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Showing posts from April, 2019


The famous London Baptist preacher, C. H. Spurgeon said in 1873: “Every Christian is either a missionary or an imposter.” 1  Was he saying that every believer must move overseas and preach the gospel? This would be unlikely and unreasonable because there would be no believers remaining in his or her homeland if this were to occur and some are not physically able. It is more likely that he was saying that the heart of every believer in Christ Jesus must be aligned with the mission of God. All Christians are to be involved in missions: some will go overseas, and some will send others through financial support and continual prayer. In some way, all believers are involved in missions or they are an imposter. 2 On February 10, 1779 William Carey was converted to Christ at a Congregationalist worship service in Hackleton. Prior to his conversion, Carey did not have much of an acquaintance with ministers; therefore, after his conversion he began drawing all of his theology from Scripture

Truth and Goodness in Non-Christian Religions

Can we affirm the presence of truth and goodness in non-Christian religions and, if so, on what basis? “There is no reason to maintain that everything taught by non-Christian religions is false or that there is nothing of value in them.” [1] This statement quoted by Keith Johnson was originally written by Harold Netland, it gives the answer to the question, “Can we affirm the presence of truth and goodness in non-Christian religions?” Most non-Christian religions affirm a form of what is called the golden rule: “Do to others as you would have them do to you.” Therefore, the answer is yes, we can affirm the presence of truth and goodness in non-Christian religions. The real question is on what basis?  Keith Johnson explains that there is truth and goodness in non-Christian religions on the basis of general revelation, indirect influence of the Scriptures (special revelation), and common grace. Human beings were created in the image of God; therefore, we long for a relationship with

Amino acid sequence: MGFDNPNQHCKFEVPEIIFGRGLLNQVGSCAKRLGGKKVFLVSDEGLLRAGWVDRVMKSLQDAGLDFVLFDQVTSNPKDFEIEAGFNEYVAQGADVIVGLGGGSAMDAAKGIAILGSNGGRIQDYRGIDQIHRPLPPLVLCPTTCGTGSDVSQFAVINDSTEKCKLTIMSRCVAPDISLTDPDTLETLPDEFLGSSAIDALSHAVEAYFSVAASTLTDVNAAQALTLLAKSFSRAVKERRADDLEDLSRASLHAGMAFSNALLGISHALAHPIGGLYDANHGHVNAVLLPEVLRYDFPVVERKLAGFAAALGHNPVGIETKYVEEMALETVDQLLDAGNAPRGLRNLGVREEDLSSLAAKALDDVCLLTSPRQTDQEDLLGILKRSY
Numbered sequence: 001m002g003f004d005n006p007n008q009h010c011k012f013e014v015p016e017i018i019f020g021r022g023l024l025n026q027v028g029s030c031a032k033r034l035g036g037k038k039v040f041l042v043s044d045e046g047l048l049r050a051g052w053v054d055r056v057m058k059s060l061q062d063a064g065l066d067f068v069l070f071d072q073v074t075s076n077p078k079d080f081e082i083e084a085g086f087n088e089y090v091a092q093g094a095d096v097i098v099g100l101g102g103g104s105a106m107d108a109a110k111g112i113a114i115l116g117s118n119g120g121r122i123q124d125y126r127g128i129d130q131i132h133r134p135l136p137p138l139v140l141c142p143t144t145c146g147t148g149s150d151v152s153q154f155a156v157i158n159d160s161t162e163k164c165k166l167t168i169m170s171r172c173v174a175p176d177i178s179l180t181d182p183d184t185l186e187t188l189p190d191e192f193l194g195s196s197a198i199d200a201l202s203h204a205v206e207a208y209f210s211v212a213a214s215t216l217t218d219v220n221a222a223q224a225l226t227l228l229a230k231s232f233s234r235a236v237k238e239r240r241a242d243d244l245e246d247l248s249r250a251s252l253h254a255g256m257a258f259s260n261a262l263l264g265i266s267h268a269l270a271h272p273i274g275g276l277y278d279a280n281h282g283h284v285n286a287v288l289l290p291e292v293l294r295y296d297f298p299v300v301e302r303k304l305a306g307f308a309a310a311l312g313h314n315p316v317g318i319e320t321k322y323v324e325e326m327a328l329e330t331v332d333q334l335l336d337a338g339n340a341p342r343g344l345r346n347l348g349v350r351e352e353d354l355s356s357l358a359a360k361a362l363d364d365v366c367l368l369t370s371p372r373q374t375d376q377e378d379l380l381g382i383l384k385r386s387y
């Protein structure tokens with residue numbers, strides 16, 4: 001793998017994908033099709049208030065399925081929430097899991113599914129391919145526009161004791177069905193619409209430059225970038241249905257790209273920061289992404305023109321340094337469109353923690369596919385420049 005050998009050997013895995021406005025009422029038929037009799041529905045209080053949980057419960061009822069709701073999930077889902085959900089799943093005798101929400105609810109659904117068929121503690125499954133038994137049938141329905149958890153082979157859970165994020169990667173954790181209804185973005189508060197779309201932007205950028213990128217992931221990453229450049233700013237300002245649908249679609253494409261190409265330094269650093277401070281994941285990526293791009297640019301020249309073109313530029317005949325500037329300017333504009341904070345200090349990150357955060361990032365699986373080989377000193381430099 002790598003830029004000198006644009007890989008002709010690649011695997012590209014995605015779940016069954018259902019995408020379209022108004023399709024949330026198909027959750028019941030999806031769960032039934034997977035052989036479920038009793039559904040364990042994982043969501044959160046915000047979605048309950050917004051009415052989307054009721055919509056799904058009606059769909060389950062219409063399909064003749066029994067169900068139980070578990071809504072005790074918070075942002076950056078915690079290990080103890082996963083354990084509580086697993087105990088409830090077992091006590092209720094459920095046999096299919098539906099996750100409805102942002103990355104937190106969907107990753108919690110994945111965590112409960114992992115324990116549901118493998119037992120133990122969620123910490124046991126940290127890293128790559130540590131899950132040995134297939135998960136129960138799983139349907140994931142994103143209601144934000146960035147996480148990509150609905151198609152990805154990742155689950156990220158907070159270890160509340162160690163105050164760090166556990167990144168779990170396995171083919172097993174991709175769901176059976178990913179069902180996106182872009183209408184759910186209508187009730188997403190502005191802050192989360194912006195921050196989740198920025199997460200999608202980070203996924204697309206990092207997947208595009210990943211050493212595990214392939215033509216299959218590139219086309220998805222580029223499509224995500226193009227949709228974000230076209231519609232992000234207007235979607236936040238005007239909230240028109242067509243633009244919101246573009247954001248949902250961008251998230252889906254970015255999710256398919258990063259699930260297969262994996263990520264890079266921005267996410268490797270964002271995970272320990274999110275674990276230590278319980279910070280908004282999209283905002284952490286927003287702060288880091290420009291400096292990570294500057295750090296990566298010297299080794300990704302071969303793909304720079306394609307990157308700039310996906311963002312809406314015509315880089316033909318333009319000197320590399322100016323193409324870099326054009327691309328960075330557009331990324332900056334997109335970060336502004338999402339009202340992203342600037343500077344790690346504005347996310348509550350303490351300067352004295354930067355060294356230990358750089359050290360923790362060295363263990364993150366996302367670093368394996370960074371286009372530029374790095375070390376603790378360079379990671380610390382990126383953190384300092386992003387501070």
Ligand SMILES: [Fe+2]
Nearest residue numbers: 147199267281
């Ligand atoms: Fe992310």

Book Review: Adoniram Judson

Duesing, Jason G., ed.  Adoniram Judson: A Bicentennial Appreciation of The Pioneer American Missionary . Nashville: B & H Academic, 2012. Biographical Sketch of the Editor Jason G. Duesing is the Provost and Associate Professor of Historical Theology at Midwestern Baptist Theological Seminary in Kansas City, Missouri. Dr. Duesing was previously on faculty at Southwestern Baptist Theological Seminary in Fort Worth, Texas, where he earned his Ph.D. in Historical Theology and Baptist studies in 2008. He also earned a M.Div. at Southeastern Seminary and a B.A. in Speech Communications from Texas A&M University at College Station, Texas. Dr. Duesing has had several publications beginning in 2007. [1] Summary of Contents A book should be read chronologically from beginning to end but when one explains the purpose, beginning at the end is often more advantages; especially when the ending contains the purpose statement.  Dr. Duesing explains that the purpose of this book a

Eternal Life

In the beginning God created all things You were created in the image of God; Therefore, you are to be perfect as Your heavenly Father is perfect But you are not perfect You have sinned and fall short of the glory of God; Sin is lawlessness Sin is everyone deciding for themselves good and evil  Sin is rebellion against God The penalty for sin is death; Spiritual death, t he separation of the sinner from God Physical death, t he separation of the soul from the body Eternal death, t he abandonment of the soul in hell All have sinned and fall short of the glory of God; Therefore, eternal life is a gift g iven by the grace of God alone Received through faith alone In the Son of God, Jesus the Christ alone Jesus was conceived by the Holy Spirit Jesus was born of the virgin Mary Jesus came into Galilee p reaching the Gospel and  saying, “The time is fulfilled and the kingdom of God is at hand  Repent and belie